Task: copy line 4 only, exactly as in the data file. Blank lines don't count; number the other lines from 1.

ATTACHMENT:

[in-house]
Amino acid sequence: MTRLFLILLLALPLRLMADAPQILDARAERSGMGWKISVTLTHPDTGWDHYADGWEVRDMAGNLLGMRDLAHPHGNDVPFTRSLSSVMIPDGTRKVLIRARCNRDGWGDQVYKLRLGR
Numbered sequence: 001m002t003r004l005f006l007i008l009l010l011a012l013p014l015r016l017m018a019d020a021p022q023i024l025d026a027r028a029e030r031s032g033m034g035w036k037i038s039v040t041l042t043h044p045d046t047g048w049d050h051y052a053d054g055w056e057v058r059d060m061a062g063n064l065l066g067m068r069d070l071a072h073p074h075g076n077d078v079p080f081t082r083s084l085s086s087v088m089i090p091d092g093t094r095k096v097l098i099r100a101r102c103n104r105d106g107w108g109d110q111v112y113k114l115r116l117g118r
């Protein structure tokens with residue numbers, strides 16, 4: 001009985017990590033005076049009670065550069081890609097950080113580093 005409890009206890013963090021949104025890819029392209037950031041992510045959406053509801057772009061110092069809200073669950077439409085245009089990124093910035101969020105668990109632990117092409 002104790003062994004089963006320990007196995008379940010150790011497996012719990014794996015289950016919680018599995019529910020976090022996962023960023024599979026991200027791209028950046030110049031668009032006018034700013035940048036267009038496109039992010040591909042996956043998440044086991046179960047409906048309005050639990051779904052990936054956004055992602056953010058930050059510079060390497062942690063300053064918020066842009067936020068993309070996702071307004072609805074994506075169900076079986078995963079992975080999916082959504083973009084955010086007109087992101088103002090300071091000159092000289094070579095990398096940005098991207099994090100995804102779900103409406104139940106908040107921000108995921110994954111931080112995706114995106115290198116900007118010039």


């Protein structure tokens with residue numbers, strides 16, 4: 001009985017990590033005076049009670065550069081890609097950080113580093 005409890009206890013963090021949104025890819029392209037950031041992510045959406053509801057772009061110092069809200073669950077439409085245009089990124093910035101969020105668990109632990117092409 002104790003062994004089963006320990007196995008379940010150790011497996012719990014794996015289950016919680018599995019529910020976090022996962023960023024599979026991200027791209028950046030110049031668009032006018034700013035940048036267009038496109039992010040591909042996956043998440044086991046179960047409906048309005050639990051779904052990936054956004055992602056953010058930050059510079060390497062942690063300053064918020066842009067936020068993309070996702071307004072609805074994506075169900076079986078995963079992975080999916082959504083973009084955010086007109087992101088103002090300071091000159092000289094070579095990398096940005098991207099994090100995804102779900103409406104139940106908040107921000108995921110994954111931080112995706114995106115290198116900007118010039």